Review: The Man With The Iron Heart

The Man With The Iron Heart

One of my theories about Harry Turtledove is that, for all times he’s been labeled “the master of alternate history”, he never had the most enthusiasm for the genre. It goes like this: Turtledove wanted to write Byzantine/Eastern Roman-themed fantasy, but after Guns of The South, alternate history became the money-making niche that he was stuck in. Turtledove would be neither the first nor last writer to have their most successful fiction be considerably different from the type they actually wanted to write.

Or maybe he did have enthusiasm for the genre, but didn’t have the mindset needed to really take advantage of it. Or maybe the nature of alternate history and needing to appeal to a generalist audience who doesn’t have the most knowledge of history forced him into a corner. Whatever the reason, The Man With The Iron Heart symbolizes the weaknesses of his style vividly.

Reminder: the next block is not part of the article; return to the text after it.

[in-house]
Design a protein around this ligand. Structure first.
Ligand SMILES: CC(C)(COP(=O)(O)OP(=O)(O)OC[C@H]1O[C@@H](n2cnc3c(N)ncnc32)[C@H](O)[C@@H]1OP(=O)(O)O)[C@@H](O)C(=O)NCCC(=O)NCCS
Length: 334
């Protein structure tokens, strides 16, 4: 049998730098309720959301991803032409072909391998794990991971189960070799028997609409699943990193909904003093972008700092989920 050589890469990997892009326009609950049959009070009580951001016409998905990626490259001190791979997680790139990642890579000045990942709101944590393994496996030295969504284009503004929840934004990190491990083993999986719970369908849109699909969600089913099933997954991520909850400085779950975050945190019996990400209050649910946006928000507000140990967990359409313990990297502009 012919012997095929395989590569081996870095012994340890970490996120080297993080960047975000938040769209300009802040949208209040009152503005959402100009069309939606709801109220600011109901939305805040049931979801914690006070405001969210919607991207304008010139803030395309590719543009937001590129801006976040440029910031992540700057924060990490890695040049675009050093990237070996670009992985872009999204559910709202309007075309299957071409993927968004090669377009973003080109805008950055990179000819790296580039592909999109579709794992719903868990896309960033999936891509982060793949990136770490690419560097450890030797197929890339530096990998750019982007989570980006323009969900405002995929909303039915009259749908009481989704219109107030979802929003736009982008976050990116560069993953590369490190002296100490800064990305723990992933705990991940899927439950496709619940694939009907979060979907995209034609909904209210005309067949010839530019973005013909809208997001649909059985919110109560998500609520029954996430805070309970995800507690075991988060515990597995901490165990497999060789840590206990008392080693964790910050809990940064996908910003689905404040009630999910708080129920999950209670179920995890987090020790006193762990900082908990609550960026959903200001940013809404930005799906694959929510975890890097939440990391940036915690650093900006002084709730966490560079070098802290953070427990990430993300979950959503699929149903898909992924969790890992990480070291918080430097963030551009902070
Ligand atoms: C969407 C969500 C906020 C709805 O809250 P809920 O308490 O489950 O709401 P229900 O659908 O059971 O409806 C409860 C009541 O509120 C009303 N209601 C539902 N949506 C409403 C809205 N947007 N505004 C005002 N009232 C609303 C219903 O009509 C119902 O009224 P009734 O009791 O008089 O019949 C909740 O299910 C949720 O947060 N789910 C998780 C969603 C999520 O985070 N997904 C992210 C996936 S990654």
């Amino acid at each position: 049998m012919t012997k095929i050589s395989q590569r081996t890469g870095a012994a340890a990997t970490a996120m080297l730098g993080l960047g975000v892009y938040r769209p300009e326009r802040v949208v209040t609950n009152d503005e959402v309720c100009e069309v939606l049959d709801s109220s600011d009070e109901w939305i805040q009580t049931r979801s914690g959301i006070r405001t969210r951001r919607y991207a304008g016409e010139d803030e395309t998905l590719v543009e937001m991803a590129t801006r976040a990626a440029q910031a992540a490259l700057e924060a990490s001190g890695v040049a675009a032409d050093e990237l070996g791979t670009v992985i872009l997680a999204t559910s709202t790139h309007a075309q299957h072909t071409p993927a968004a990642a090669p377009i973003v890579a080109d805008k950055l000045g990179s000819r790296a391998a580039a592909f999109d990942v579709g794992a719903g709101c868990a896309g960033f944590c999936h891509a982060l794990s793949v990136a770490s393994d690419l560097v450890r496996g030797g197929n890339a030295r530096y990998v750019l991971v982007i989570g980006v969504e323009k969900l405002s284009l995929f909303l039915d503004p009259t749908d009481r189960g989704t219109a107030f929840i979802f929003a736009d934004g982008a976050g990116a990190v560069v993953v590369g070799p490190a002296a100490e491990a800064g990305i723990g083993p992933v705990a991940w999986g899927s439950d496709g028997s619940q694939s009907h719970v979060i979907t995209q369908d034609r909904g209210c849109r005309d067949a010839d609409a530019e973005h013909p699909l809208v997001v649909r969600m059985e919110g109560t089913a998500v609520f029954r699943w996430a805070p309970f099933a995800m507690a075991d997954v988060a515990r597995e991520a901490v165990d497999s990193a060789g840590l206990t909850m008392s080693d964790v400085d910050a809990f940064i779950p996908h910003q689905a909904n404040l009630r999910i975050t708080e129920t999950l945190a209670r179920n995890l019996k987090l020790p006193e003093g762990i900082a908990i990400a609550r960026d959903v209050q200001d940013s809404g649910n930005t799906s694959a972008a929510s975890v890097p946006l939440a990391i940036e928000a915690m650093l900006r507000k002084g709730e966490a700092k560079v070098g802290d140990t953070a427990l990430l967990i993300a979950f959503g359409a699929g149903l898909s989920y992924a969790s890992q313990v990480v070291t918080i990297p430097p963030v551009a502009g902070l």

The plot is simple. Reinhard Heydrich survives, gets the Werwolf resistance movement up and running, and launches a horrifically hamfisted/anachronistic Iraq War analogy. In reality, the German populace at large had no stomach for continued resistance, and the Allies, who came close to turning Germany into a giant farm, were prepared to crack the whip. The Werwolf plan was doomed from the get-go by the scarce resources and infighting that was baked into the Nazi regime from day one.

The execution of the book is done just as clumsily and clunkily as the setup. Much of Turtledove’s writing has the problem of what I frequently call the “technothriller without technology or thrills”, and this is no exception. It uses the “alternate history as a genre format” where there’s a big-picture, broad-viewpoint look at the situation and changed world. However, if the changed world is nothing but an unrealistic and worse, uninteresting analogy, that format is the worst possible.